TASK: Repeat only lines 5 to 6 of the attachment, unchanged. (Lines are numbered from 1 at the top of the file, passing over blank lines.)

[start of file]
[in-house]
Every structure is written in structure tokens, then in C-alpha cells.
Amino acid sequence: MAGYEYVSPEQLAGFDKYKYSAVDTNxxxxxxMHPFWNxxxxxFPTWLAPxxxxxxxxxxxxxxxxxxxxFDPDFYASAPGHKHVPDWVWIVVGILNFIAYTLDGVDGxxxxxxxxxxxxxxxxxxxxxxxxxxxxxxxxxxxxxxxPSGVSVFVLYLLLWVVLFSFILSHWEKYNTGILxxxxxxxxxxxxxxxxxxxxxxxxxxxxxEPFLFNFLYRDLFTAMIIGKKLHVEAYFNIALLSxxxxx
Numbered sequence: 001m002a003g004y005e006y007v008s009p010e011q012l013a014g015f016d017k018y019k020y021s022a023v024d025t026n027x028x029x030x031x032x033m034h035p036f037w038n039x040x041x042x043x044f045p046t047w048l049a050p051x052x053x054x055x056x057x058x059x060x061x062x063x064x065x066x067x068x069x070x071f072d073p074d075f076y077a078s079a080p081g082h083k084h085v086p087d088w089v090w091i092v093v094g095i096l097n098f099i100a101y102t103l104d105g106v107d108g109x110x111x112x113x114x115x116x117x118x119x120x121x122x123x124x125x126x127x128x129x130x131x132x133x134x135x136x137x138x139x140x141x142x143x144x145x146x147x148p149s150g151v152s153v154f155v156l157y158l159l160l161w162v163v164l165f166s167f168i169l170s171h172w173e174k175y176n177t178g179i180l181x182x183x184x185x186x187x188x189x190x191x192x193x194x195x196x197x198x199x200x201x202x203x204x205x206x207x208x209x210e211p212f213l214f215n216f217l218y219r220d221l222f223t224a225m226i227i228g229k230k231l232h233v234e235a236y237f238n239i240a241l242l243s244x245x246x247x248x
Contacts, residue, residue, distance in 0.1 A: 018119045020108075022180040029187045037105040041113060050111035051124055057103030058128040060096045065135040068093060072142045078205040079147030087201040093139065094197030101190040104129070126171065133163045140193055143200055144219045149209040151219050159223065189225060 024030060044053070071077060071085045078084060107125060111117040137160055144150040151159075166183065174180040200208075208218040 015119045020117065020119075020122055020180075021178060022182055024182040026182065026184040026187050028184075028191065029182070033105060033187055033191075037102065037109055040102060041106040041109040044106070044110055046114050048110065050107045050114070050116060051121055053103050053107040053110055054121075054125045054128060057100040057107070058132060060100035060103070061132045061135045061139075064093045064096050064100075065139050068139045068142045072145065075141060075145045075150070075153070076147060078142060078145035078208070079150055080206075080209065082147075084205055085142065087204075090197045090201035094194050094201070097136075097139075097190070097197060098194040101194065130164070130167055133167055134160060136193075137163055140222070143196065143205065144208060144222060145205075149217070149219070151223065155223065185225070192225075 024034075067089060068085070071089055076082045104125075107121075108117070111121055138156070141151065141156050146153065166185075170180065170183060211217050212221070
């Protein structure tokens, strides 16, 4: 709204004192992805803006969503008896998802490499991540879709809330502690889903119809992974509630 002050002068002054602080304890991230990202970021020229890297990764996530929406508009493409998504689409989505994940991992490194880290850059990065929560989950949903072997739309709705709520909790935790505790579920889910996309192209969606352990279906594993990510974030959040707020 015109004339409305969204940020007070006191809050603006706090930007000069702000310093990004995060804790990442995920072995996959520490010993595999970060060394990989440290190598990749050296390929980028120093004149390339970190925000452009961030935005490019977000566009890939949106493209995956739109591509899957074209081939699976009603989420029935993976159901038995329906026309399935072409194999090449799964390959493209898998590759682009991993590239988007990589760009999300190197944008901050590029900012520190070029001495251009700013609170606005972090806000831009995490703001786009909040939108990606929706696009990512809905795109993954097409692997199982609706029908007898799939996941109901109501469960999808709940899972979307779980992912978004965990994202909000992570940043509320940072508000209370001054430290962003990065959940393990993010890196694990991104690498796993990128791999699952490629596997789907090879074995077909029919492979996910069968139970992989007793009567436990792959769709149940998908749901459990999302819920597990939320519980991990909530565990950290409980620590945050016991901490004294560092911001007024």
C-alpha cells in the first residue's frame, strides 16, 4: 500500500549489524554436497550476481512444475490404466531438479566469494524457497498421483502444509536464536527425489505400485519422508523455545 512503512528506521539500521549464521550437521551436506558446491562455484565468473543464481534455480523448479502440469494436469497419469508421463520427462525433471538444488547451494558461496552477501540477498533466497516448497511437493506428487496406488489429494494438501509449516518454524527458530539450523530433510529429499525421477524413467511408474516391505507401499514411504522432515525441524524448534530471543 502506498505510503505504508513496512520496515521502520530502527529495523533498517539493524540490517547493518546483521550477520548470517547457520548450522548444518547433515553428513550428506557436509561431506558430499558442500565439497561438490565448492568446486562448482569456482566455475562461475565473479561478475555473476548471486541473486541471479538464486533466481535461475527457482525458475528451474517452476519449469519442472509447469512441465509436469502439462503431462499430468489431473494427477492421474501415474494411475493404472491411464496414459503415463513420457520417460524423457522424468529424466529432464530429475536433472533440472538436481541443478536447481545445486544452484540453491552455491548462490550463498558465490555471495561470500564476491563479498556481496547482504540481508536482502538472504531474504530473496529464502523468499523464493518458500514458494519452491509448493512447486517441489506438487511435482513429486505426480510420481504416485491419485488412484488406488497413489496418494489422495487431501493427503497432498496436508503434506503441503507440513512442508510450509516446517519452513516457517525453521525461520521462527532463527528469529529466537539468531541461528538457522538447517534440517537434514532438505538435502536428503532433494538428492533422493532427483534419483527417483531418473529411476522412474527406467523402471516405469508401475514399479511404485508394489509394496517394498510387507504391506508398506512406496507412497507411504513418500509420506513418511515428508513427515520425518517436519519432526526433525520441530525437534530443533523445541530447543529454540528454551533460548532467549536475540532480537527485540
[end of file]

Contacts, residue, residue, distance in 0.1 A: 018119045020108075022180040029187045037105040041113060050111035051124055057103030058128040060096045065135040068093060072142045078205040079147030087201040093139065094197030101190040104129070126171065133163045140193055143200055144219045149209040151219050159223065189225060 024030060044053070071077060071085045078084060107125060111117040137160055144150040151159075166183065174180040200208075208218040 015119045020117065020119075020122055020180075021178060022182055024182040026182065026184040026187050028184075028191065029182070033105060033187055033191075037102065037109055040102060041106040041109040044106070044110055046114050048110065050107045050114070050116060051121055053103050053107040053110055054121075054125045054128060057100040057107070058132060060100035060103070061132045061135045061139075064093045064096050064100075065139050068139045068142045072145065075141060075145045075150070075153070076147060078142060078145035078208070079150055080206075080209065082147075084205055085142065087204075090197045090201035094194050094201070097136075097139075097190070097197060098194040101194065130164070130167055133167055134160060136193075137163055140222070143196065143205065144208060144222060145205075149217070149219070151223065155223065185225070192225075 024034075067089060068085070071089055076082045104125075107121075108117070111121055138156070141151065141156050146153065166185075170180065170183060211217050212221070
């Protein structure tokens, strides 16, 4: 709204004192992805803006969503008896998802490499991540879709809330502690889903119809992974509630 002050002068002054602080304890991230990202970021020229890297990764996530929406508009493409998504689409989505994940991992490194880290850059990065929560989950949903072997739309709705709520909790935790505790579920889910996309192209969606352990279906594993990510974030959040707020 015109004339409305969204940020007070006191809050603006706090930007000069702000310093990004995060804790990442995920072995996959520490010993595999970060060394990989440290190598990749050296390929980028120093004149390339970190925000452009961030935005490019977000566009890939949106493209995956739109591509899957074209081939699976009603989420029935993976159901038995329906026309399935072409194999090449799964390959493209898998590759682009991993590239988007990589760009999300190197944008901050590029900012520190070029001495251009700013609170606005972090806000831009995490703001786009909040939108990606929706696009990512809905795109993954097409692997199982609706029908007898799939996941109901109501469960999808709940899972979307779980992912978004965990994202909000992570940043509320940072508000209370001054430290962003990065959940393990993010890196694990991104690498796993990128791999699952490629596997789907090879074995077909029919492979996910069968139970992989007793009567436990792959769709149940998908749901459990999302819920597990939320519980991990909530565990950290409980620590945050016991901490004294560092911001007024």